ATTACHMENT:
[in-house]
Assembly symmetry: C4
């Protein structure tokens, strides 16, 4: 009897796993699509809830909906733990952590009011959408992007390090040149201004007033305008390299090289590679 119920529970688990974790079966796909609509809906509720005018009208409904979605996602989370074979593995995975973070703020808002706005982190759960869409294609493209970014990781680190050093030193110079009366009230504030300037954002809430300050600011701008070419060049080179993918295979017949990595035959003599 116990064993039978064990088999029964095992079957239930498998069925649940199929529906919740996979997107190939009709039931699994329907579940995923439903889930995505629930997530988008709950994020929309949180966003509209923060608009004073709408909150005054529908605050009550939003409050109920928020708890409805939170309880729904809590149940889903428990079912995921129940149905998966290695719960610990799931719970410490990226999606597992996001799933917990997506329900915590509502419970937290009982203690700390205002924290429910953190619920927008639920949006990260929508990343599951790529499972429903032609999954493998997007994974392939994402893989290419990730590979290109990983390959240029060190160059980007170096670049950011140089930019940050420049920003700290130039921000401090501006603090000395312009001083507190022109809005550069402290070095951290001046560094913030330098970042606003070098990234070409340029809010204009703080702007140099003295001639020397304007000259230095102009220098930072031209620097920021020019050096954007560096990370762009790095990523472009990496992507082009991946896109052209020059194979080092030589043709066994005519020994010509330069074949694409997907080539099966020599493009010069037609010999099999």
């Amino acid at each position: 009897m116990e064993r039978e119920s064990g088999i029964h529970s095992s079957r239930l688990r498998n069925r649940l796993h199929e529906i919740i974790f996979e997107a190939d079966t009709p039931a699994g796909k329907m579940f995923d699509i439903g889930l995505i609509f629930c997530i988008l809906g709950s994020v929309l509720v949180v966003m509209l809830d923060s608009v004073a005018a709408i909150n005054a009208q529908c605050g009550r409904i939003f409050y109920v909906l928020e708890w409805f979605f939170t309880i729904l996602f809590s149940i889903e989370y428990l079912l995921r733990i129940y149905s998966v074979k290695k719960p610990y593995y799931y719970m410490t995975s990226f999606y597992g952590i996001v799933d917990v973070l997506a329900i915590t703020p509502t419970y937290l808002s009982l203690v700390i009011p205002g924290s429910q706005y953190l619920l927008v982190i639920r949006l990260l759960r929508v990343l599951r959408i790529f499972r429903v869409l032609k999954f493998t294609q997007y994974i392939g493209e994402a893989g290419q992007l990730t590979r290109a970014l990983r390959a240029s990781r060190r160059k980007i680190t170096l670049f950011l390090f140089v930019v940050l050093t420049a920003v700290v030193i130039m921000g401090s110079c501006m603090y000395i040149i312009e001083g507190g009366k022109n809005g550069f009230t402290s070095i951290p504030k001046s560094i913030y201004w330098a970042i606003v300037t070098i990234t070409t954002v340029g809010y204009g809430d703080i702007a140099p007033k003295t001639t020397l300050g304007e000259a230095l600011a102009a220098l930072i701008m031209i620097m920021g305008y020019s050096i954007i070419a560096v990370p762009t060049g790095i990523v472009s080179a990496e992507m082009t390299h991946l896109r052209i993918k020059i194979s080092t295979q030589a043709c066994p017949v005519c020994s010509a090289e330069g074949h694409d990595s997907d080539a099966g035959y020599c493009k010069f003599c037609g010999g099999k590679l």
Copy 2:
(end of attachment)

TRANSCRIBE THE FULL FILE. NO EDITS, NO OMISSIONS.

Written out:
[in-house]
Assembly symmetry: C4
């Protein structure tokens, strides 16, 4: 009897796993699509809830909906733990952590009011959408992007390090040149201004007033305008390299090289590679 119920529970688990974790079966796909609509809906509720005018009208409904979605996602989370074979593995995975973070703020808002706005982190759960869409294609493209970014990781680190050093030193110079009366009230504030300037954002809430300050600011701008070419060049080179993918295979017949990595035959003599 116990064993039978064990088999029964095992079957239930498998069925649940199929529906919740996979997107190939009709039931699994329907579940995923439903889930995505629930997530988008709950994020929309949180966003509209923060608009004073709408909150005054529908605050009550939003409050109920928020708890409805939170309880729904809590149940889903428990079912995921129940149905998966290695719960610990799931719970410490990226999606597992996001799933917990997506329900915590509502419970937290009982203690700390205002924290429910953190619920927008639920949006990260929508990343599951790529499972429903032609999954493998997007994974392939994402893989290419990730590979290109990983390959240029060190160059980007170096670049950011140089930019940050420049920003700290130039921000401090501006603090000395312009001083507190022109809005550069402290070095951290001046560094913030330098970042606003070098990234070409340029809010204009703080702007140099003295001639020397304007000259230095102009220098930072031209620097920021020019050096954007560096990370762009790095990523472009990496992507082009991946896109052209020059194979080092030589043709066994005519020994010509330069074949694409997907080539099966020599493009010069037609010999099999």
């Amino acid at each position: 009897m116990e064993r039978e119920s064990g088999i029964h529970s095992s079957r239930l688990r498998n069925r649940l796993h199929e529906i919740i974790f996979e997107a190939d079966t009709p039931a699994g796909k329907m579940f995923d699509i439903g889930l995505i609509f629930c997530i988008l809906g709950s994020v929309l509720v949180v966003m509209l809830d923060s608009v004073a005018a709408i909150n005054a009208q529908c605050g009550r409904i939003f409050y109920v909906l928020e708890w409805f979605f939170t309880i729904l996602f809590s149940i889903e989370y428990l079912l995921r733990i129940y149905s998966v074979k290695k719960p610990y593995y799931y719970m410490t995975s990226f999606y597992g952590i996001v799933d917990v973070l997506a329900i915590t703020p509502t419970y937290l808002s009982l203690v700390i009011p205002g924290s429910q706005y953190l619920l927008v982190i639920r949006l990260l759960r929508v990343l599951r959408i790529f499972r429903v869409l032609k999954f493998t294609q997007y994974i392939g493209e994402a893989g290419q992007l990730t590979r290109a970014l990983r390959a240029s990781r060190r160059k980007i680190t170096l670049f950011l390090f140089v930019v940050l050093t420049a920003v700290v030193i130039m921000g401090s110079c501006m603090y000395i040149i312009e001083g507190g009366k022109n809005g550069f009230t402290s070095i951290p504030k001046s560094i913030y201004w330098a970042i606003v300037t070098i990234t070409t954002v340029g809010y204009g809430d703080i702007a140099p007033k003295t001639t020397l300050g304007e000259a230095l600011a102009a220098l930072i701008m031209i620097m920021g305008y020019s050096i954007i070419a560096v990370p762009t060049g790095i990523v472009s080179a990496e992507m082009t390299h991946l896109r052209i993918k020059i194979s080092t295979q030589a043709c066994p017949v005519c020994s010509a090289e330069g074949h694409d990595s997907d080539a099966g035959y020599c493009k010069f003599c037609g010999g099999k590679l």
Copy 2: